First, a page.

Luden's Wild Cherry

homesick for sick

In ALL, ILLNESS, JUDY BLUME MOMENTS, SUGAR & SPICE by Stephanie Klein3 Comments

“New Slang” by The Shins is playing in the living room as the rain taps on our skylights. You’re on the other sofa, resting a book on your thigh as you read. In your own orbit. Your toes march along in the air, keeping the beat.

You’re home with a fever, 101.7. Not strep. Not the flu. Just sick enough to stay home. Your cheeks are pink, as mine are when I’m febrile. Your hair falls in limp ribbons. I love your warmth and the sounds you make when you leave the room to blow your little nose.

I wasn’t sick often as a child, but what I remember most is the way my mother cared for me. A sore throat meant Luden’s Wild Cherry Cough Drops, a box of candy masquerading as medicine. Mom brought me Highlights magazine and puzzles with invisible ink pens. Madlibs. I’d take my father’s side of the bed. He was off at work, and I’d take over his bedside table with my sick pile. A roll of toilet paper for my stuffy nose, empty juice cups, a thermometer. Sometimes a tumbler full of Ginger Ale with a lollypop “spoon” to stir out all the bubbles, the remedy for an upset stomach. I’d watch TV all day, so long that I’d become bored even with TV. Mom would leave me with the housekeeper and drive to Blockbuster to rent me movies. Two days of fever and one day of “just in case” where I was probably well enough to return to school.

Phil says you shouldn’t have TV. “This isn’t a vacation,” he says. I say it’s not your fault that you have a fever. We all know your flair for the dramatic, that you need an x-ray because you tripped on the carpet. You limp for days when we know perfectly well that you can walk without one. You want the attention.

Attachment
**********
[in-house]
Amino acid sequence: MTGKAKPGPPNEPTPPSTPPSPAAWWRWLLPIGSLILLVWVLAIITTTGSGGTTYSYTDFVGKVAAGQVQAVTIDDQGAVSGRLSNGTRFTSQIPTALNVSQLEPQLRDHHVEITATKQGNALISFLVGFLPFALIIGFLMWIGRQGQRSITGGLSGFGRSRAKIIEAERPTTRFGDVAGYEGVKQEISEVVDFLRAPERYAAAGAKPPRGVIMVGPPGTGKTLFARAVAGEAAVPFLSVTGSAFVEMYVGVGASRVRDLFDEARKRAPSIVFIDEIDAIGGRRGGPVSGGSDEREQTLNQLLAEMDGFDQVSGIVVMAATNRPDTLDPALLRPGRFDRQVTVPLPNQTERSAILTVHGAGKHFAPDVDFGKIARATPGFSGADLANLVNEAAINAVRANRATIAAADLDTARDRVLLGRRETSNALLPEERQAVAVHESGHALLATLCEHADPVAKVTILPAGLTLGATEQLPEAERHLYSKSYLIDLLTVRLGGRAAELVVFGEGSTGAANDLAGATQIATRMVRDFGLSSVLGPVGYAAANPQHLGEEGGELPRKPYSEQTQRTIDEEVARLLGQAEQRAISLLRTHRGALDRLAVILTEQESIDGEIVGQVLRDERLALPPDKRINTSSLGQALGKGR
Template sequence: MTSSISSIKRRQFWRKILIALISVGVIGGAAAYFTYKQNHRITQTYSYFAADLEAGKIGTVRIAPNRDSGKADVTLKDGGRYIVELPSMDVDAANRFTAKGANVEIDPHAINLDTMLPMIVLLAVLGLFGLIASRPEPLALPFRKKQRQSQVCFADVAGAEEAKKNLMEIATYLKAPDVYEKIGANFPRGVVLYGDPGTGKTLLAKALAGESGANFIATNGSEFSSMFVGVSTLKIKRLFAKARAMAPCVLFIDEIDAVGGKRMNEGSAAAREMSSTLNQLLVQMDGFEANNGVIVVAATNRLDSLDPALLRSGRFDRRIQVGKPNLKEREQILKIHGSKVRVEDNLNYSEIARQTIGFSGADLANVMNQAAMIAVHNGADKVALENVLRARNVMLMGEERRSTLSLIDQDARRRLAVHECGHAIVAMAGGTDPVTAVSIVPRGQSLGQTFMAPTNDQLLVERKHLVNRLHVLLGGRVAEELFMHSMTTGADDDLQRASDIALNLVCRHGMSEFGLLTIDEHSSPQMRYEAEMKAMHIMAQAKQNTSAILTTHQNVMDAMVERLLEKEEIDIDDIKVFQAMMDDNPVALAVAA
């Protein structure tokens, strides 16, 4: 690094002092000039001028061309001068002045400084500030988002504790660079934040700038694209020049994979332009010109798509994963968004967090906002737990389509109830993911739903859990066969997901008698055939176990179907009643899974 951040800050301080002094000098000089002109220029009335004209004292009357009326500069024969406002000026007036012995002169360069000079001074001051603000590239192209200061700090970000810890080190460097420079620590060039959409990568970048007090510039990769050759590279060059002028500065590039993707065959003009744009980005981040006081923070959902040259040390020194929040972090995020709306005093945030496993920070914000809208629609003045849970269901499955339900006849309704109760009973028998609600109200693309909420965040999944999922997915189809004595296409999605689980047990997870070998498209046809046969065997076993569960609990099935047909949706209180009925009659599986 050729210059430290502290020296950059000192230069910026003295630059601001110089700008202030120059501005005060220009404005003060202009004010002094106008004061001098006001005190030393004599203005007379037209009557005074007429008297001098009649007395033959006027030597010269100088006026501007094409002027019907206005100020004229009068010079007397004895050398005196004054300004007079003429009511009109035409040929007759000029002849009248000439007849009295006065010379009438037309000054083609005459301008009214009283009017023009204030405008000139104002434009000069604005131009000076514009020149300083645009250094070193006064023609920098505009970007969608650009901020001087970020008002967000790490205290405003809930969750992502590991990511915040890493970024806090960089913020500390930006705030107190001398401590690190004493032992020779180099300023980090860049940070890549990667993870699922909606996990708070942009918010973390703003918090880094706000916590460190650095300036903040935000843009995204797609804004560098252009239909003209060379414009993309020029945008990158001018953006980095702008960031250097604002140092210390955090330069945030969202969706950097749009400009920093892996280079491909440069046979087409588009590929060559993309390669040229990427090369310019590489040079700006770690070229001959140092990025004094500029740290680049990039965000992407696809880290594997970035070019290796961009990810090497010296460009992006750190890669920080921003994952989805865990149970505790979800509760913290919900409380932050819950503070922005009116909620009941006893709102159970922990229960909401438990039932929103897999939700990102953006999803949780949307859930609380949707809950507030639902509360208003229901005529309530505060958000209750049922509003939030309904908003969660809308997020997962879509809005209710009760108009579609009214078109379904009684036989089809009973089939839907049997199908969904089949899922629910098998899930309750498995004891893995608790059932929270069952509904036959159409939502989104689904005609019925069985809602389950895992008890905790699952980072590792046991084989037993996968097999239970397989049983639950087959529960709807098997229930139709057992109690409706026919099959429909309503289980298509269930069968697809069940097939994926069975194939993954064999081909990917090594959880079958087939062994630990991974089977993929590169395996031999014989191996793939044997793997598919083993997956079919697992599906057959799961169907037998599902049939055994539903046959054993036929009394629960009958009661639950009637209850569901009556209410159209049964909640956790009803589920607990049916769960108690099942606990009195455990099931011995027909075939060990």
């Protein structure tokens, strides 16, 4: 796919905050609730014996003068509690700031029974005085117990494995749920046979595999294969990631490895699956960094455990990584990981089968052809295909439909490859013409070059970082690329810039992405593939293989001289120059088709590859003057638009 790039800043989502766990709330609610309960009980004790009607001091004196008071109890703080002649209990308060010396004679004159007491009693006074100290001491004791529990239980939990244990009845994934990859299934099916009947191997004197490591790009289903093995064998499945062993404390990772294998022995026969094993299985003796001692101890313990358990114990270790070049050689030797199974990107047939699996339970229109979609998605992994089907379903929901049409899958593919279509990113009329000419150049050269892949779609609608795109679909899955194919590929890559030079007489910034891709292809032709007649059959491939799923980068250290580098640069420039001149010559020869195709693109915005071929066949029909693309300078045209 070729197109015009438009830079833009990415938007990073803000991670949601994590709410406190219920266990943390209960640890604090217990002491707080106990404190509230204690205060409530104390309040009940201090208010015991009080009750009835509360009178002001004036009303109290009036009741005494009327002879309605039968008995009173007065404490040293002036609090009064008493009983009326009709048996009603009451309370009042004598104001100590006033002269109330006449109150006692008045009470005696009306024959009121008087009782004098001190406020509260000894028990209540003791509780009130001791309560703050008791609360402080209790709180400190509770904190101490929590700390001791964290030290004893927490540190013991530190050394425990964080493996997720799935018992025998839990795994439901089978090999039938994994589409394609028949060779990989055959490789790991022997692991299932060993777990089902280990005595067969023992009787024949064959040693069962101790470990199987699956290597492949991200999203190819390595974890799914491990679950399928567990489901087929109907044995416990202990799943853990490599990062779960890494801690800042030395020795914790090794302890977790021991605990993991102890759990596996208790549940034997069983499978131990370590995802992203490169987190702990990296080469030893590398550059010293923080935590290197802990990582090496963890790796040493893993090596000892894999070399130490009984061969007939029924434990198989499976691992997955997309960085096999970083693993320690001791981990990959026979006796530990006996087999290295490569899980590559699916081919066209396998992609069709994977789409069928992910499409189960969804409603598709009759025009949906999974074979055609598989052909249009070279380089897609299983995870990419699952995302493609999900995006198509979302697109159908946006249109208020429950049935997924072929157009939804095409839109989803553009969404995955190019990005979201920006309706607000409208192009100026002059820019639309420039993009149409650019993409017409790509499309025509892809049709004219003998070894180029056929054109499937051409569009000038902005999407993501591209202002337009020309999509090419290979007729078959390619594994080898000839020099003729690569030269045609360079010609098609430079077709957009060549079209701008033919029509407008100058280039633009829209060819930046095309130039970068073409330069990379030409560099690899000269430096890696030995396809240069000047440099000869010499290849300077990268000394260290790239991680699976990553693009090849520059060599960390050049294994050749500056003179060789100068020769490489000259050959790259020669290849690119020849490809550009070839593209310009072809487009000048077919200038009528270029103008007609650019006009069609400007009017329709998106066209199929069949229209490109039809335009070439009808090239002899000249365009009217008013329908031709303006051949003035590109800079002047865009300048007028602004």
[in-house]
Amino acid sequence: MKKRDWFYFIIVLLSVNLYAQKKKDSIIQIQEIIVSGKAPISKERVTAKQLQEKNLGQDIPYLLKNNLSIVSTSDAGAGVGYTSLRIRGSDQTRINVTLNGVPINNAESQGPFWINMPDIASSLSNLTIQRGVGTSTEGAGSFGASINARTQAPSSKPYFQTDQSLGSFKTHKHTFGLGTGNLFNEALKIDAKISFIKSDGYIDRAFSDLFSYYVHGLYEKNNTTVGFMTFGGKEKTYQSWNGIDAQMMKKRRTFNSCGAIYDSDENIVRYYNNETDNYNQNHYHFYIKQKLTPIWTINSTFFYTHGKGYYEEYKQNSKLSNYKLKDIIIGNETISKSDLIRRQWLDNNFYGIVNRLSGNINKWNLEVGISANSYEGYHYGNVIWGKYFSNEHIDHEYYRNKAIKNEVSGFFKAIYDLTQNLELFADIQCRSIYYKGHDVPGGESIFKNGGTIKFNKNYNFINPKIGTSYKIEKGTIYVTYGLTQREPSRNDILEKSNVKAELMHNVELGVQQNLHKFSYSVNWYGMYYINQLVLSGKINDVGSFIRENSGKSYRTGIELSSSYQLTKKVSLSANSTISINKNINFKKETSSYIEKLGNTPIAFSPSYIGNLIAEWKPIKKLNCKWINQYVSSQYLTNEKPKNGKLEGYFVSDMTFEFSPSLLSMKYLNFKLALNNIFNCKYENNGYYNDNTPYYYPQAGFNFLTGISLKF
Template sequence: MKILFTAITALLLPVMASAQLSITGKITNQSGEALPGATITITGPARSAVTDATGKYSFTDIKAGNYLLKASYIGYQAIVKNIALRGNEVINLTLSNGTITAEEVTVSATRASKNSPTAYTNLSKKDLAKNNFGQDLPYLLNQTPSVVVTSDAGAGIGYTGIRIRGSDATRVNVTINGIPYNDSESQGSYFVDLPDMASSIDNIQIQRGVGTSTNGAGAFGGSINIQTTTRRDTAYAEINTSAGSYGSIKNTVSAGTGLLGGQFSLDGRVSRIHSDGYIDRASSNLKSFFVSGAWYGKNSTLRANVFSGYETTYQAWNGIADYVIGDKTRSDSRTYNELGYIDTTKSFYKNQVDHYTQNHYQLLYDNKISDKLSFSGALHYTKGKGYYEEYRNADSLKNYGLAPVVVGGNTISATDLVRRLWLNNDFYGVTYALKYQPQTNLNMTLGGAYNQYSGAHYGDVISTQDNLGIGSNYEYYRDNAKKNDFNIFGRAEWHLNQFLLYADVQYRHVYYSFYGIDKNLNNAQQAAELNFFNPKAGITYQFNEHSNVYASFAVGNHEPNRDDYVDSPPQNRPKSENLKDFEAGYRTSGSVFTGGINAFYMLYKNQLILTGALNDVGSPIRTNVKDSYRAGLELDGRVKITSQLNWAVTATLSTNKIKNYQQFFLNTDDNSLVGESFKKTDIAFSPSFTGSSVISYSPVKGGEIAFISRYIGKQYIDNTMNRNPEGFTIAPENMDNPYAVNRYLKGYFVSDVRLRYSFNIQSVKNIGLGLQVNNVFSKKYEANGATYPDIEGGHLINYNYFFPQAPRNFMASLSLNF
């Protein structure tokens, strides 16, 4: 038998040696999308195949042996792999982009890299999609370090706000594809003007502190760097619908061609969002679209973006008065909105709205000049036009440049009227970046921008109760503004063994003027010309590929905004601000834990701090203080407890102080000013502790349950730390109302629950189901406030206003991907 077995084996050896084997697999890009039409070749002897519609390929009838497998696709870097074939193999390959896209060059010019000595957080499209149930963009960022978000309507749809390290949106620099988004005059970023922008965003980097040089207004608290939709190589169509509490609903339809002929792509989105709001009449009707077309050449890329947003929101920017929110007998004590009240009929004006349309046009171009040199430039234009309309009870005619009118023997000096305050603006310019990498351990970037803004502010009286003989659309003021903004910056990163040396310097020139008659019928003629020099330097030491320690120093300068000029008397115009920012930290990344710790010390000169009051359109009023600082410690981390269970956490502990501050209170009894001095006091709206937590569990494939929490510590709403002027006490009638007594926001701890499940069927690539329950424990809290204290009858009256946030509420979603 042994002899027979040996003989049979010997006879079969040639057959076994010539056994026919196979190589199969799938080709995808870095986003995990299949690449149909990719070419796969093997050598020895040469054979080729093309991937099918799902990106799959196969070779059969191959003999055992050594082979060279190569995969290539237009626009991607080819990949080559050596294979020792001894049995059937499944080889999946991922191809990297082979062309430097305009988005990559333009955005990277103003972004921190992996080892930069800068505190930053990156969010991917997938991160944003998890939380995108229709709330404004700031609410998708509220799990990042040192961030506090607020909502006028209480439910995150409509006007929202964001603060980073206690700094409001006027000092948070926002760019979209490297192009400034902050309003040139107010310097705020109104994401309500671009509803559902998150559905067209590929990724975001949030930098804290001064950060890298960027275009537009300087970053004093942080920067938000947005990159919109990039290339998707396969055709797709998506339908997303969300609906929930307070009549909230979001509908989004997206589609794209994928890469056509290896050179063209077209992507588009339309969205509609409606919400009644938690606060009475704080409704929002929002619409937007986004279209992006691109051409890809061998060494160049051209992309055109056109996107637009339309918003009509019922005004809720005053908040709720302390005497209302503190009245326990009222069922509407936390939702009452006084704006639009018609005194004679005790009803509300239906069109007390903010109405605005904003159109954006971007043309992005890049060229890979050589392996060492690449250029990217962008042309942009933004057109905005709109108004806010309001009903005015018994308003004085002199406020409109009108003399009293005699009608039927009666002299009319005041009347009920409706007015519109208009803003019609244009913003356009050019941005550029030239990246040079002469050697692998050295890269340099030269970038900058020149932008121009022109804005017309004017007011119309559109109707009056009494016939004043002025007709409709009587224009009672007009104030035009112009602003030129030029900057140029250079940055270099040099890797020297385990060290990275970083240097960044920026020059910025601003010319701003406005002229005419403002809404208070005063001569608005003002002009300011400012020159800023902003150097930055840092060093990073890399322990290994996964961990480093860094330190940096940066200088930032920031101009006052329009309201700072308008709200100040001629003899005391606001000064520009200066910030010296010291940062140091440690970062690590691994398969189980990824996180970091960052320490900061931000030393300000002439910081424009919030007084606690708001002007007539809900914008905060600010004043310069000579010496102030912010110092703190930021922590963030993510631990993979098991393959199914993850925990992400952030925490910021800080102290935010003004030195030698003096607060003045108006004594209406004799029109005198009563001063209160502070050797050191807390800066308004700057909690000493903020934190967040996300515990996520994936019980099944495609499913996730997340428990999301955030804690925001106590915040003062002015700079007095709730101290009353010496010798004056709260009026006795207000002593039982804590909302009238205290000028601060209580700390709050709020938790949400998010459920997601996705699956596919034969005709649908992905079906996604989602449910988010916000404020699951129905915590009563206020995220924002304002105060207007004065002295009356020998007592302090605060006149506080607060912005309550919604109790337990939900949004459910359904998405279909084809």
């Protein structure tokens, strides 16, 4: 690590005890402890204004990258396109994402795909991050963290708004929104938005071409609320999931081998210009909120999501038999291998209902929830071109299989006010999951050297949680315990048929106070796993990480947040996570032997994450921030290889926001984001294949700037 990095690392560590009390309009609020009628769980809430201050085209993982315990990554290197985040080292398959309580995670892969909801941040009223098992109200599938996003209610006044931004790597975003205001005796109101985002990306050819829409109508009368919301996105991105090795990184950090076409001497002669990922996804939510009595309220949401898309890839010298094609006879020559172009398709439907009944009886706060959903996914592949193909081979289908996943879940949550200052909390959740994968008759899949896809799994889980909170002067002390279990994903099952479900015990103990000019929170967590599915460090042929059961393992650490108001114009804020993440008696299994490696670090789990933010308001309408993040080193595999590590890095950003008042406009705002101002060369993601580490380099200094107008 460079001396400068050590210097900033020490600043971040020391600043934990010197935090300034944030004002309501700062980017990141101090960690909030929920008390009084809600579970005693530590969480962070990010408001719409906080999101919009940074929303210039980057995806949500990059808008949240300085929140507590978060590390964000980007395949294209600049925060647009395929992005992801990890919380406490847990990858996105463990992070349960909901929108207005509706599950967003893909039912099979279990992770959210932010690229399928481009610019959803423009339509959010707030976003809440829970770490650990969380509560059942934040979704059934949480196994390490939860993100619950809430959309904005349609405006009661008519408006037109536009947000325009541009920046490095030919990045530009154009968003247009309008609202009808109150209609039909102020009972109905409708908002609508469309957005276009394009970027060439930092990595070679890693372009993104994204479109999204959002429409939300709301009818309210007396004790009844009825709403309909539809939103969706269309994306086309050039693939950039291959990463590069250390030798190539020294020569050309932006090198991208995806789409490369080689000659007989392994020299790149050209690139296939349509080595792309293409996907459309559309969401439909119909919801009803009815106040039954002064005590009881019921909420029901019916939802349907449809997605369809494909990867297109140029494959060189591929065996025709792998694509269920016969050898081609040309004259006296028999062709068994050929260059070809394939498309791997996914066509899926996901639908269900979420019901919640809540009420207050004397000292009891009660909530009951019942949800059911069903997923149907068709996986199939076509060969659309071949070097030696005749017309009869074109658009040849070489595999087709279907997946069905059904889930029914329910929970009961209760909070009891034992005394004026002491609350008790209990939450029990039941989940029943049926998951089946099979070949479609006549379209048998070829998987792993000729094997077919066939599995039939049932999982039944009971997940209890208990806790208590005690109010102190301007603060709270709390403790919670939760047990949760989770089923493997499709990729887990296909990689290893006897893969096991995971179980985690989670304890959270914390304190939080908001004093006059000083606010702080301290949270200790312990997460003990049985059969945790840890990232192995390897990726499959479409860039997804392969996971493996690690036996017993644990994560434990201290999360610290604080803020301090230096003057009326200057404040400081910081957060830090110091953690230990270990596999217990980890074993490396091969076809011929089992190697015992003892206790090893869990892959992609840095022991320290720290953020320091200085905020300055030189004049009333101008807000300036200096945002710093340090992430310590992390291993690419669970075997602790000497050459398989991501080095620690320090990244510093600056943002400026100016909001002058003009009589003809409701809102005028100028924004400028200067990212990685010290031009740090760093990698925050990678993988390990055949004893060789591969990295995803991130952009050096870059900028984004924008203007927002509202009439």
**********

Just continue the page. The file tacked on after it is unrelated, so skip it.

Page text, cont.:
This sounds sexist because it is. A mother knows. Call it instinct or animalistic. I know. I know when you’re sick, when you’re not faking. And I’m going to shower you with the same love my mother gave to me. “It’s rewarding the behavior,” Phil says. Which would be true if you were faking. I don’t see the harm in giving you extra tenderness, letting you feel the physical love as I pet your forehead. There’s a reason we call out for our mommies when we’re sad. If I can give you comfort and spoil you when you’re sick, I will do just that. Reward away.

Comments

  1. This post bought back many memories for me and made me think of how lucky I am with my husband.

    My mum was like your mum when I grew up. She would make me a ‘fairy bed’ on the sofa and I would be snuggled in. You are right when you say that as a Mum you just know when your children are ill. My 2 are rarely ever ill so when it does happen it make is much more noticeable.

    With my 2 I always tell them that staying off school means you are poorly enough to be in bed, but of course they would end up on the sofa under a blanket.

    My husband spoils our 2, especially if they are poorly. Phil’s responses make me really sad. As if being ill is bad behaviour and undermining your actions even in this circumstance.

    Just sad.

    1. Author

      I will say that sometimes Phil is all talk, so I’ve learned to follow my gut and not let him overpower or bully me into submission. I heard him, but in the end, I went ahead as I felt was right and showered our girl in affection and movies and favorite meals. The next day, when she was still sick and I had an event to which I’d previously committed, Phil took care of her and promised to treat her as I would. He let her watch movies and pampered her. Sometimes he just comes out of the gate swinging, refusing to relent, in the moment. But whatever I say EVENTUALLY sinks in, even if he never admits to it.

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